In Finland and Sweden, the energy company Adven has produced dozens of environmentally sustainable solutions based on geothermal energy, or geoenergy, for companies. According to Juhan Aguraiuja, the Head of Baltic Business, studies are being diligently conducted to determine whether the new environmentally sustainable energy type is also suitable for use in shopping and logistics centres, spas and new urban districts in Estonia.
Geothermal energy is generated when solar energy is stored in the ground or as heat radiating from the Earth’s core to the surface. For example, while geothermal heat pumps in Estonia currently use geothermal energy close to the surface, there may be significant potential in obtaining heat energy from hundreds of metres below the surface, which is increasingly used in Finland and Sweden.
Geothermal energy requires large areas for boreholes and a low-temperature heating system in the building. It is therefore potentially most suitable as a local heating or cooling solution for shopping and logistics centres, spas, commercial and residential districts, for instance. Underground boreholes, or energy wells, work like a battery: the heat stored in them in summer can be used for heating in winter.
The energy company Adven has built dozens of solutions using geothermal energy for various commercial buildings and city districts in Finland and Sweden. The company’s largest solution based on the new energy source has been built in the Lippulaiva district developed by Citycon in Espoo, where CO2-free geothermal energy is used for heating and cooling buildings. More than 170 geoenergy wells have been installed at a depth of more than 300 metres beneath the Lippulaiva urban centre.
In addition to environmentally sustainable heating, the new energy solution also provides cooling in summer. “Thanks to geoenergy, bedrock also provides cooling and there is no need for separate electric water cooling machines or roof condensers. We are delighted that Adven can be a trailblazer in geoenergy solutions for large-scale real estate projects and contribute to the fight against climate change,” says Timo Koljonen, Vice President in the field of real estate energy solutions at Adven.
Geothermal energy can also be used in hybrid energy solutions
Energy obtained from the ground can often be combined with, for example, solar energy and waste heat recovery. Adven is using a hybrid energy solution at the S-Group’s logistics centre in Sipoo, which is the largest building in Finland. Almost a third of all food and consumer goods in Finland pass through the centre, and the rooms have a wide range of temperatures between +5, -9 and -40 °C. To ensure that the storage conditions for food and other products meet all the requirements, the centre, which is almost 200,000 square metres in size, requires a lot of heating and cooling.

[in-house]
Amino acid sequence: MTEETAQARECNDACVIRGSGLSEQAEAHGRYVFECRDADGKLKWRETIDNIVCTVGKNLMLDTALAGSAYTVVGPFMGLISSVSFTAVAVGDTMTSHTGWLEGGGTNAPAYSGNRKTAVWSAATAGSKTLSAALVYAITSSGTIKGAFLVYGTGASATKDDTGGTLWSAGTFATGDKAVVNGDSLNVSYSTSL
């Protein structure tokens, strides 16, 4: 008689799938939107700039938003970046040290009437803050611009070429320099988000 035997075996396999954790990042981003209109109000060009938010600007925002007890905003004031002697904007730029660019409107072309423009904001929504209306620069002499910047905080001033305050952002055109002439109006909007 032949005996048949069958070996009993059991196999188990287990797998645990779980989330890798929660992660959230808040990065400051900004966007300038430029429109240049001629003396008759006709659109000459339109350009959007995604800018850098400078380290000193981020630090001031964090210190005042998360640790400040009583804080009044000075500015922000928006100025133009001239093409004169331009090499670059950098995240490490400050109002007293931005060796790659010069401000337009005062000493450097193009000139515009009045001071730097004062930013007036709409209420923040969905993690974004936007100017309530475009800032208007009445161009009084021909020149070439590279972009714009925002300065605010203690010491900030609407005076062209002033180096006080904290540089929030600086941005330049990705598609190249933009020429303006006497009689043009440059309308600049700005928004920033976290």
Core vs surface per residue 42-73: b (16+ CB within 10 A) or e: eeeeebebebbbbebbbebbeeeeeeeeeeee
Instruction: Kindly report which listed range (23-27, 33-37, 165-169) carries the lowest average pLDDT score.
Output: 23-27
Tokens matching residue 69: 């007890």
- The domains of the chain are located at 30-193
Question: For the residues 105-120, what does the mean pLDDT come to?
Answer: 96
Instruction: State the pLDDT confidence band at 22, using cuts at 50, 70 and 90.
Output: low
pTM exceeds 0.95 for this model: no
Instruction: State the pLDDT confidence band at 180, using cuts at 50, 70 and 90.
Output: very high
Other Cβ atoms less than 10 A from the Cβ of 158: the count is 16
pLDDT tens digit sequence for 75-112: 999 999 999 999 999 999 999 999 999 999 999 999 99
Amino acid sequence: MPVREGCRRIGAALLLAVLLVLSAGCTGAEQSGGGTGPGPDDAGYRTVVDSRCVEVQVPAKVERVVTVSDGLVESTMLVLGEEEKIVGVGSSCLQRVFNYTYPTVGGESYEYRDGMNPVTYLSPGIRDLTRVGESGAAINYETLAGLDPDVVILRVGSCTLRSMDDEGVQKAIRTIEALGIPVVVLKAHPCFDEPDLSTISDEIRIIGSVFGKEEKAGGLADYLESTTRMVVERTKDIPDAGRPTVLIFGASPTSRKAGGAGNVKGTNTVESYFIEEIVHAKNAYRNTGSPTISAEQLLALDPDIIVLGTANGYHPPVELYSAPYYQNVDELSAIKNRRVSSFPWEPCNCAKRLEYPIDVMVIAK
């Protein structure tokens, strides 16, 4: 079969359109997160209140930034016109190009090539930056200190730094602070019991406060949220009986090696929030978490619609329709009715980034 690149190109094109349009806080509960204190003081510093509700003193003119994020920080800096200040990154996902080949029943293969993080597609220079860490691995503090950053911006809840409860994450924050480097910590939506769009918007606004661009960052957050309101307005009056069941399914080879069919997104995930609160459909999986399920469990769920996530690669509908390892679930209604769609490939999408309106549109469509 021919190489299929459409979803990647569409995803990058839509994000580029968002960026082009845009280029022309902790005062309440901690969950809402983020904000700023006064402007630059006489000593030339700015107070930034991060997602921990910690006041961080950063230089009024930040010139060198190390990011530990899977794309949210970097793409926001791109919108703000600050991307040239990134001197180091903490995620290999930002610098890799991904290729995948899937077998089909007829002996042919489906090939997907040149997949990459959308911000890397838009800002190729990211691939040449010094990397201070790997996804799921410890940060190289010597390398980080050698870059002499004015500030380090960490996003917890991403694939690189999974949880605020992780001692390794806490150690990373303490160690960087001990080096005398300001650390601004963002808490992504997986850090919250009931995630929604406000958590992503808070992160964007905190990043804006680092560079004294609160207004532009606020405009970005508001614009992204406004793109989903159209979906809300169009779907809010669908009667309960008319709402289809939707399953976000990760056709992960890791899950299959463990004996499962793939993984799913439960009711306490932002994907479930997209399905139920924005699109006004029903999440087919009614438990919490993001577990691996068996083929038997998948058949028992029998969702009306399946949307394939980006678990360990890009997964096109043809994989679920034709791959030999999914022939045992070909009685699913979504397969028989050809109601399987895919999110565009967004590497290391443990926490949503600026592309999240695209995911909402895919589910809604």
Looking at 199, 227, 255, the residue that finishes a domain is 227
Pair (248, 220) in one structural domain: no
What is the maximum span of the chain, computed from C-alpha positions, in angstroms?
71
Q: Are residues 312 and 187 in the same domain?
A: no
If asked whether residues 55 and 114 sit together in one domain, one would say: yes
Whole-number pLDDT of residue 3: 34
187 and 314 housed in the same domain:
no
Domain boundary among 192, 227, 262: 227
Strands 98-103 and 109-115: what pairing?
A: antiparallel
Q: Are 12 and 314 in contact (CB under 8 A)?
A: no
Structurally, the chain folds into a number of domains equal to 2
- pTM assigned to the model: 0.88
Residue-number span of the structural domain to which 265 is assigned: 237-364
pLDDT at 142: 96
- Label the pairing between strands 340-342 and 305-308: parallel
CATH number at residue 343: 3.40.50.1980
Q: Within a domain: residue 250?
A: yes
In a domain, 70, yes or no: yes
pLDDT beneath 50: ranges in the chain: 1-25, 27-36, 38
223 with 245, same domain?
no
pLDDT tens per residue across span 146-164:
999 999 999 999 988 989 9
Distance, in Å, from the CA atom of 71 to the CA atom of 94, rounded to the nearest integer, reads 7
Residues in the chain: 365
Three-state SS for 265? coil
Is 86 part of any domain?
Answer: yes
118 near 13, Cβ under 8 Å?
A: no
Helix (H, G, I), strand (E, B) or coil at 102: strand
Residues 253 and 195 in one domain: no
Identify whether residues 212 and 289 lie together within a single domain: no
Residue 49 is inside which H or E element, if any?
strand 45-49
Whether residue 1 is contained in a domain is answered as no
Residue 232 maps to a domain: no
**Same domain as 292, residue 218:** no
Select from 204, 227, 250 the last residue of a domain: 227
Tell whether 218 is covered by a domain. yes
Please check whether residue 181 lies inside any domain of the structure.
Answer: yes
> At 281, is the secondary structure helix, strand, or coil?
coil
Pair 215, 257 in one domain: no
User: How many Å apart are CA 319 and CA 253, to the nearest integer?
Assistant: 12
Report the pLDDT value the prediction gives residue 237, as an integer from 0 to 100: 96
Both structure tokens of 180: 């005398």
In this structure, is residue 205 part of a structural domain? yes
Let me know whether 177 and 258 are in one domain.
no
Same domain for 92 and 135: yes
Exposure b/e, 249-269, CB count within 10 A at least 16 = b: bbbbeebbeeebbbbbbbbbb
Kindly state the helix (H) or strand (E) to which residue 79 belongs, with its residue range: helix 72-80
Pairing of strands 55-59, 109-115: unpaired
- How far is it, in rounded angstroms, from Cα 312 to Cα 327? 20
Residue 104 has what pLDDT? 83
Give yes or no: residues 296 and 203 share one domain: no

Adven planned a hybrid energy solution for the logistics centre, combining bioenergy and geothermal energy, cooling and waste heat recovery. A system was designed where geothermal heat from geothermal wells and condensation energy from cooling equipment cover as much of the need for low-temperature thermal energy as possible. Additional pellet fuel capacity, in turn, provides sufficient energy as the need for heating increases in winter and oil can be used as a back-up fuel in a heating network with a higher temperature. “We combined Adven’s knowledge in the field of cooling and heating with the client’s geothermal wells and, by integrating separate systems, we created a very interesting hybrid solution,” explains Henrik Vasama, Account Manager at Adven.
Geothermal energy also provides heating and cooling for the Skanssi shopping centre located in Turku, Finland, where Adven operates the energy solution. “Heating is an area with a significant climate impact. Switching to geoenergy has reduced our annual CO2 emissions and has also resulted in financial savings,” notes Maarit Hurme, Director of the Skanssi shopping centre, adding that it is important for real estate investors to be able to forecast the expenses of several years, and this is ensured by the price stability of geothermal energy.
Potential of geothermal energy in Estonia should be revealed by 2024 at the latest
In neighbouring Finland, heat can be extracted from rocks at a depth of 200-300 metres, whilst in Estonia you have to drill to a depth of 500-600 metres to reach rocks with reasonable heat storage capacity. The Geological Survey of Estonia is carrying out a thorough study to explore the potential of using geothermal energy in Estonia. The multi-year study will be conducted until the end of 2024 and will involve the construction of the first geothermal energy pilot plants.
“There is potential in Estonia, but we are carrying out tests and analyses concerning the depths and temperatures at which it is possible and effective to capture the energy stored in our ground,” says Juhan Aguraiuja, Business Manager of Adven Baltics. “Then, it will become clear whether we can use reasonably costed geothermal energy in Estonia. At Adven, we are following the developments in research and we certainly wish to offer our customers in Estonia and elsewhere in the Baltics new climate-friendly solutions, using our broad expertise.” According to him, we should have a rather clear picture of the local potential of geothermal energy by next year at the latest.